Kinect Star Wars
|Kinect Star Wars|
European cover art
Kinect Star Wars is a Star Wars video game developed by Terminal Reality and published by LucasArts and Microsoft Studios for the Xbox 360 that uses the Kinect motion peripheral. The game features four game modes: "Jedi Destiny", the primary game mode; podracing; Rancor Rampage; and Galactic Dance-off. In Jedi Destiny, players assume the role models of Jedi Padawans as they wield their lightsabers and use the Force to attack enemies mostly from the prequel trilogy using gestures. Podracing is a race-based game mode, Rancor Rampage is a destruction-based game mode, and Galactic Dance-off is a dance-based game mode similar to the Dance Central series.
Microsoft Studios had planned to make a Star Wars game that utilizes the Kinect since the early development of the motion-sensing system. The game was formally announced at E3 2011 and released worldwide on 3 April 2012. It was the last game to be published by LucasArts. Craig Derrick served as lead producer on the game.
Kinect Star Wars received generally mixed reviews, with reviewers often praising the game's art and presentation but criticizing the perceived underdeveloped gameplay, weak writing, and inaccurate controls. Although the game topped the UK All Formats Chart, it has been placed on numerous lists of the worst Star Wars games ever released.
Kinect Star Wars features four game modes. In its primary mode, known as Jedi Destiny, players take control of one of multiple Jedi Padawans. Using the Kinect, the player uses their hands to wield a lightsaber in combat. Players also can lift and throw objects with the Force using specific gestures. The story takes place during the prequel trilogy timeline of the Star Wars universe, beginning shortly after Star Wars: Episode I – The Phantom Menace and concluding with the events of Star Wars: Episode III – Revenge of the Sith. Body movement to control vehicles in specific sections of this mode. A second Jedi-centric mode, Duels of Fate, allows players to experience one-on-one duels with characters from the Jedi Destiny campaign as well as famous Star Wars villains such as Darth Vader.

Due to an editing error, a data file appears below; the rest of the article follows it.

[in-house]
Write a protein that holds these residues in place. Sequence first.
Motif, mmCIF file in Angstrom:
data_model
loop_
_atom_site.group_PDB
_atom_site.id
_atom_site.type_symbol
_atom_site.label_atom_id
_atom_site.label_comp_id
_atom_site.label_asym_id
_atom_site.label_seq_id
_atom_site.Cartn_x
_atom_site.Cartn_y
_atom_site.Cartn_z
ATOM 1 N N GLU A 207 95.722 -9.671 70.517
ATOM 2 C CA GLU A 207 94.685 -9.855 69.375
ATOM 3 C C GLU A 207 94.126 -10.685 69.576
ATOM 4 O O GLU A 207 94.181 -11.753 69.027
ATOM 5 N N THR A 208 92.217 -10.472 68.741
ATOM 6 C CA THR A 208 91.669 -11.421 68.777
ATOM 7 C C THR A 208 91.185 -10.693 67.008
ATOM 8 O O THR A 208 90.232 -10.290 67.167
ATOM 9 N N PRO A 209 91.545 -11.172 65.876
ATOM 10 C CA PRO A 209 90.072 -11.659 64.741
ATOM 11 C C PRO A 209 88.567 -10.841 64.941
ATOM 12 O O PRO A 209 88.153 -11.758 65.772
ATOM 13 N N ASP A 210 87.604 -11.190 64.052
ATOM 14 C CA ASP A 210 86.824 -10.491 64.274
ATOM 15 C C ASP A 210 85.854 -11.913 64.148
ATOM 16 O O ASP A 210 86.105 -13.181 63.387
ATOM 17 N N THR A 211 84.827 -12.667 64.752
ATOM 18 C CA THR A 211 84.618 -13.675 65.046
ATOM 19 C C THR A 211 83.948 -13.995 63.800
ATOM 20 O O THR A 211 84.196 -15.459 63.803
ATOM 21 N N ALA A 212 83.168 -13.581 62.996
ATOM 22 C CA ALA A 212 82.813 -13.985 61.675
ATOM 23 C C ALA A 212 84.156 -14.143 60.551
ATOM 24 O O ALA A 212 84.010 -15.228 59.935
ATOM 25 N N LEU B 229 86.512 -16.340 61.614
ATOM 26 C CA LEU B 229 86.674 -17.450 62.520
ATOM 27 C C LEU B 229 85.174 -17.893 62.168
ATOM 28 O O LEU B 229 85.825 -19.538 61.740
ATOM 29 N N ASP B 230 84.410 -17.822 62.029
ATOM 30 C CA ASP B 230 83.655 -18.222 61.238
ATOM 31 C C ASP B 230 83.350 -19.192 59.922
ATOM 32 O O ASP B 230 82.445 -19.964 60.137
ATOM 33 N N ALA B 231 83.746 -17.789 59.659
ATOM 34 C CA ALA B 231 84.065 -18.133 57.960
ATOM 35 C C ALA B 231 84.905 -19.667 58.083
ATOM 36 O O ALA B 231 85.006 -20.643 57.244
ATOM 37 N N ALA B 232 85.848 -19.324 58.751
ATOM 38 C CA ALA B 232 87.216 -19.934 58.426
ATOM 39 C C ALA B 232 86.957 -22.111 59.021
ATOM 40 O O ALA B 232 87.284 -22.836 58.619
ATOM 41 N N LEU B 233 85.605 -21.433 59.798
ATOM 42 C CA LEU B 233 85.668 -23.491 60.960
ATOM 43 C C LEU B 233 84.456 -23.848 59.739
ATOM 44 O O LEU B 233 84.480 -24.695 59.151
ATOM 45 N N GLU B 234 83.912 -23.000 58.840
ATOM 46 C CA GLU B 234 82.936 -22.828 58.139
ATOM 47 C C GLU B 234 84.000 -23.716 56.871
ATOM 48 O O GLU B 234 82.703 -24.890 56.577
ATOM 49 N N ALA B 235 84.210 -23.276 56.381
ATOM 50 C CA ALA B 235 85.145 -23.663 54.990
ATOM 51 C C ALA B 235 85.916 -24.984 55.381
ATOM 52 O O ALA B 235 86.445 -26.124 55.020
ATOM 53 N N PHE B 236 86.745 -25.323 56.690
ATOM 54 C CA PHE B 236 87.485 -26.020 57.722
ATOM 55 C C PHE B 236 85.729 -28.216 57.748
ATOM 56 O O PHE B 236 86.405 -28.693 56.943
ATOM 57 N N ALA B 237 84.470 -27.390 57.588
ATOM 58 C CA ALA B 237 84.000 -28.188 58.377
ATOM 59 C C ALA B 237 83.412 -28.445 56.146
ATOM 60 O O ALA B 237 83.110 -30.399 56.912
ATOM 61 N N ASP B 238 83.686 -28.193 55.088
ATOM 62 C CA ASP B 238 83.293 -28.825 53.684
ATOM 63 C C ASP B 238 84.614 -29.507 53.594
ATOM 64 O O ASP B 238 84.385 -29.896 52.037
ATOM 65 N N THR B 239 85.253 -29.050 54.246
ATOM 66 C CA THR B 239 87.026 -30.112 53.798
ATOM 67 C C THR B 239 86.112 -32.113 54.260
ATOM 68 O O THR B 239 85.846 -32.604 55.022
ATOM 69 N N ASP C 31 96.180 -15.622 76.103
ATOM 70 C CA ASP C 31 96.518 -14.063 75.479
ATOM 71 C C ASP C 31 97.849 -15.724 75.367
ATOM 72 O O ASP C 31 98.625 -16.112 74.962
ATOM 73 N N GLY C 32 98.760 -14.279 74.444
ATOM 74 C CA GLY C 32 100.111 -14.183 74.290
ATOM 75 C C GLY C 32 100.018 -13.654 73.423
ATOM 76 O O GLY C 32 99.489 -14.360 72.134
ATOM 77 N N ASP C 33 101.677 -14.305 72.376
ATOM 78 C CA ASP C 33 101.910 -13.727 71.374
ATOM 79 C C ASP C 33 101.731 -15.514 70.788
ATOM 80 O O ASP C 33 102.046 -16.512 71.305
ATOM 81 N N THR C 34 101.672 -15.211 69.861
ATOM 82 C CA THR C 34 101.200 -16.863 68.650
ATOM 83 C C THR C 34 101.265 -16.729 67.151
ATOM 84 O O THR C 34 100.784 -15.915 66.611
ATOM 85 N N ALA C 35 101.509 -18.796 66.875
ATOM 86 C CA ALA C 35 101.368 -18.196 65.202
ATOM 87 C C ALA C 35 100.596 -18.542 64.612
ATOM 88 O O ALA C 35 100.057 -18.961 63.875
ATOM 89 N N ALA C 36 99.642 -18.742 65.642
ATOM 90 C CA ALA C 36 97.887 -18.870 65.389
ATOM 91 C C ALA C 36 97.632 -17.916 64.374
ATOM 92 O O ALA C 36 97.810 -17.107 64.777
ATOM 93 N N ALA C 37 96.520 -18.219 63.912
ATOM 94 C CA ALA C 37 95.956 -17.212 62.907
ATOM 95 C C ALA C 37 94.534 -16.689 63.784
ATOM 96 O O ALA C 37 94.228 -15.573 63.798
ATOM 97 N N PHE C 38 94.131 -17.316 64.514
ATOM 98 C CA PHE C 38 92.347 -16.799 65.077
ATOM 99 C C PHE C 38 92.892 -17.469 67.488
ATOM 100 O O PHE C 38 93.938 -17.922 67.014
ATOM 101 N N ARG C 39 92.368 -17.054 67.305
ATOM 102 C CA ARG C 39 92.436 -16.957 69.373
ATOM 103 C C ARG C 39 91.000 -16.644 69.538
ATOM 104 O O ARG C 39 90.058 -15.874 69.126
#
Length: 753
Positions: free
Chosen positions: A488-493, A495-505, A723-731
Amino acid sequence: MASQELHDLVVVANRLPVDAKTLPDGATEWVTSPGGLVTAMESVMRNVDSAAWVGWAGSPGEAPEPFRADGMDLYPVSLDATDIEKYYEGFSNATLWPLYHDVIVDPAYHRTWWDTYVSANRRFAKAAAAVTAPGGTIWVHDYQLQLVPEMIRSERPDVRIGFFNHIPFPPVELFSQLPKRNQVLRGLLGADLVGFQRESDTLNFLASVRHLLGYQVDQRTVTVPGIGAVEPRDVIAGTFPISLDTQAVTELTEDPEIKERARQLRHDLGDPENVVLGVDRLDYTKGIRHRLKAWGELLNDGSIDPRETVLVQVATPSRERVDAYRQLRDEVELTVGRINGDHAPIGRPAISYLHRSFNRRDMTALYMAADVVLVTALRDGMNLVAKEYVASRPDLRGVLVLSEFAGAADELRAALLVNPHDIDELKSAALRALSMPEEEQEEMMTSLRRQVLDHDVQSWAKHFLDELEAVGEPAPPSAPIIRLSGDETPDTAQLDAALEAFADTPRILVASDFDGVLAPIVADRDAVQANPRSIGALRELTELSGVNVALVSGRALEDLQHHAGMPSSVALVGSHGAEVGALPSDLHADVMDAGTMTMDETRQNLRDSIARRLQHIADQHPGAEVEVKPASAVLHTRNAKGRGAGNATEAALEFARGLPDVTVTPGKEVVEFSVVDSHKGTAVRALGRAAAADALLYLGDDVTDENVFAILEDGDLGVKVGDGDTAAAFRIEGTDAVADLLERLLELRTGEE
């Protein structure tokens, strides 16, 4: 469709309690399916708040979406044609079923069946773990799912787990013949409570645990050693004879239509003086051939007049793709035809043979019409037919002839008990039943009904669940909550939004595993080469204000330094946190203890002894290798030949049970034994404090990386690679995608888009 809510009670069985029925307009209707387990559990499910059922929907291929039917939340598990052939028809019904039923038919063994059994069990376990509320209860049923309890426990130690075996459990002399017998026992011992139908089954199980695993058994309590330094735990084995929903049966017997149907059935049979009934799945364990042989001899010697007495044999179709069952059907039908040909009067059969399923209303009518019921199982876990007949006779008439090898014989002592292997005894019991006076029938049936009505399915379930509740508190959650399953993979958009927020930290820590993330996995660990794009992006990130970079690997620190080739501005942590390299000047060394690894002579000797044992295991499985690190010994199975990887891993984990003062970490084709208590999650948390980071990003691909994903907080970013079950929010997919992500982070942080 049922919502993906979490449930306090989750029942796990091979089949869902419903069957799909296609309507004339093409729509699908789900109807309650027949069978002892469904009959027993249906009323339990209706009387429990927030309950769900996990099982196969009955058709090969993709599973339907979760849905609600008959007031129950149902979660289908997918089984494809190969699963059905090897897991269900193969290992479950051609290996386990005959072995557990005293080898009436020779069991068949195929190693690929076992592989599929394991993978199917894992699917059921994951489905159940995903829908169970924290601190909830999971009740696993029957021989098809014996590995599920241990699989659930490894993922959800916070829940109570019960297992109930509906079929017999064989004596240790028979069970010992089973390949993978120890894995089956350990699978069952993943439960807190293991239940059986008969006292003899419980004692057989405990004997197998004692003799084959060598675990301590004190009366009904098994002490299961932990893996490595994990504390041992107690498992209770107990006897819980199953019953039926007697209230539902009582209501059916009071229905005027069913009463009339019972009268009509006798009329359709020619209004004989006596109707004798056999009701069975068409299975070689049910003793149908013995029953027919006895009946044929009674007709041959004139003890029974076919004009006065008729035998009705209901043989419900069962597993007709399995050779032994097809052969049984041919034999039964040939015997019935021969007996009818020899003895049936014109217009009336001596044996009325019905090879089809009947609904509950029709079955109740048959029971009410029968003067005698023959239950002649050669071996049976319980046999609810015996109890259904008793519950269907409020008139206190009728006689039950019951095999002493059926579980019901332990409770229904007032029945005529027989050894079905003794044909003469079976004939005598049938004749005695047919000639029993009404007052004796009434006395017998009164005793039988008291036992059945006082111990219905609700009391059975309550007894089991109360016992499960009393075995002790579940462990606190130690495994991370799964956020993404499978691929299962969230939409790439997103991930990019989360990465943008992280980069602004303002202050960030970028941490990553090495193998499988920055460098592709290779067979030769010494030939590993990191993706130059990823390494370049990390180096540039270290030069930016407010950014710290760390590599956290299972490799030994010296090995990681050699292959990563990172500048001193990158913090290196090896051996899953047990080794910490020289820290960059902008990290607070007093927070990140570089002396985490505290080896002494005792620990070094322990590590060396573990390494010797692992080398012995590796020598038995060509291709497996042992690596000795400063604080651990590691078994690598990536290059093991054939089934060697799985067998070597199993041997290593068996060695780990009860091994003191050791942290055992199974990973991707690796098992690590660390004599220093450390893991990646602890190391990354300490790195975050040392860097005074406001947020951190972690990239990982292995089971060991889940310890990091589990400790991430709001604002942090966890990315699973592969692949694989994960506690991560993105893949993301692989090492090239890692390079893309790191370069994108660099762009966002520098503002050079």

The game's podracing utilizes the Kinect to simulate the dual throttle controls on podracers. Players extend arms fully to operate at full speed, and retract their arm to throttle back on one or both engines. Multiple courses are offered. Rancor Rampage, the games third mode, allows players to control one of multiple species of rancor which are let loose in various Star Wars locales. Arm movements synchronize between the player and their rancor, and players can execute special attacks in this destruction-based game mode.
The final game mode in Kinect Star Wars is Galactic Dance-off. Here players control one of several famous Star Wars characters through the use of the Kinect. Gameplay is similar to the Dance Central series in which players must dance in synchronization with the on-screen character. Cues to upcoming dance moves are shown to the player to ensure they can stay in synchronization with the character. The song selection consists of parodies with title and lyrics rewritten in a Star Wars theme. For example, Gwen Stefani's "Hollaback Girl" is rewritten as "Hologram Girl", and Village People's "Y.M.C.A." is rewritten as "Empire Today". Dance locales are themed to the character and a particular moment for them in the Star Wars saga story; for example, Princess Leia's dance takes place in front of Jabba the Hutt, and Han Solo's dance takes place in the carbon-freezing chamber on Bespin.
Development and release